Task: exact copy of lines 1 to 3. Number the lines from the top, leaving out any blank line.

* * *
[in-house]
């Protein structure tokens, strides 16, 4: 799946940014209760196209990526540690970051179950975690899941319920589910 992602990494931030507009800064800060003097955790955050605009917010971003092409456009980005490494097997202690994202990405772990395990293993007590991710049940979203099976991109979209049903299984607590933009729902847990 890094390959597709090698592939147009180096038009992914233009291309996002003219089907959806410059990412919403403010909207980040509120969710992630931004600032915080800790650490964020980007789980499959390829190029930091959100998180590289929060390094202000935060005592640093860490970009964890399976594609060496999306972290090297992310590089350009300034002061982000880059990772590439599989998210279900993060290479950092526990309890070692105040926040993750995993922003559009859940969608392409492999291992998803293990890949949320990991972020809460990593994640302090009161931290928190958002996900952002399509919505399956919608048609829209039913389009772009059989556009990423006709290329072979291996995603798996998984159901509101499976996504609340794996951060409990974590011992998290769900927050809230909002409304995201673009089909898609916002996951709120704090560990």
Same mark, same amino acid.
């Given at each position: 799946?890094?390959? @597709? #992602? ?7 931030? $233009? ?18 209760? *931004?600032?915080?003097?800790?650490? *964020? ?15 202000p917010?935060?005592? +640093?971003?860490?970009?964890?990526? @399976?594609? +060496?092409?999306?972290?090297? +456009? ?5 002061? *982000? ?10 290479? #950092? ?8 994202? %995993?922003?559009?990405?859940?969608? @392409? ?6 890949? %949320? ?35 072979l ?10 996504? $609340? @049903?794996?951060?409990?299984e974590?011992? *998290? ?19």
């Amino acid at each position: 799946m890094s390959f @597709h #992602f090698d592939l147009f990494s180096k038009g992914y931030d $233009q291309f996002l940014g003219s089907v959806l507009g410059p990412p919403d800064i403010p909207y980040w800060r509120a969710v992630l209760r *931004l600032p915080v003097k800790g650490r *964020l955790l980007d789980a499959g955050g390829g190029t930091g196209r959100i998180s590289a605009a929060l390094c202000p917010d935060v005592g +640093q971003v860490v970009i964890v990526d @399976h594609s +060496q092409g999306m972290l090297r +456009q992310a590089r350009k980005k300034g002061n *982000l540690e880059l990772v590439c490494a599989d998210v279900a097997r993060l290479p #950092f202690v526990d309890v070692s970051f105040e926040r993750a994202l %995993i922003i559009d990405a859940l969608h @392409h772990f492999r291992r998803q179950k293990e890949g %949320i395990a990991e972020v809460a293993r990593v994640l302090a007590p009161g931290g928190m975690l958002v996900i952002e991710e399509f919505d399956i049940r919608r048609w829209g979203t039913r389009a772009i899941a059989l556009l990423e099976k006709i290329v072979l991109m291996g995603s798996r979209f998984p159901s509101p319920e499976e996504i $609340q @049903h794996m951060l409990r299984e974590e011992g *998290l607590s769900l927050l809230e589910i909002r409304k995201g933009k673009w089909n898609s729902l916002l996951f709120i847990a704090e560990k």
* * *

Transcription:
[in-house]
């Protein structure tokens, strides 16, 4: 799946940014209760196209990526540690970051179950975690899941319920589910 992602990494931030507009800064800060003097955790955050605009917010971003092409456009980005490494097997202690994202990405772990395990293993007590991710049940979203099976991109979209049903299984607590933009729902847990 890094390959597709090698592939147009180096038009992914233009291309996002003219089907959806410059990412919403403010909207980040509120969710992630931004600032915080800790650490964020980007789980499959390829190029930091959100998180590289929060390094202000935060005592640093860490970009964890399976594609060496999306972290090297992310590089350009300034002061982000880059990772590439599989998210279900993060290479950092526990309890070692105040926040993750995993922003559009859940969608392409492999291992998803293990890949949320990991972020809460990593994640302090009161931290928190958002996900952002399509919505399956919608048609829209039913389009772009059989556009990423006709290329072979291996995603798996998984159901509101499976996504609340794996951060409990974590011992998290769900927050809230909002409304995201673009089909898609916002996951709120704090560990």
Same mark, same amino acid.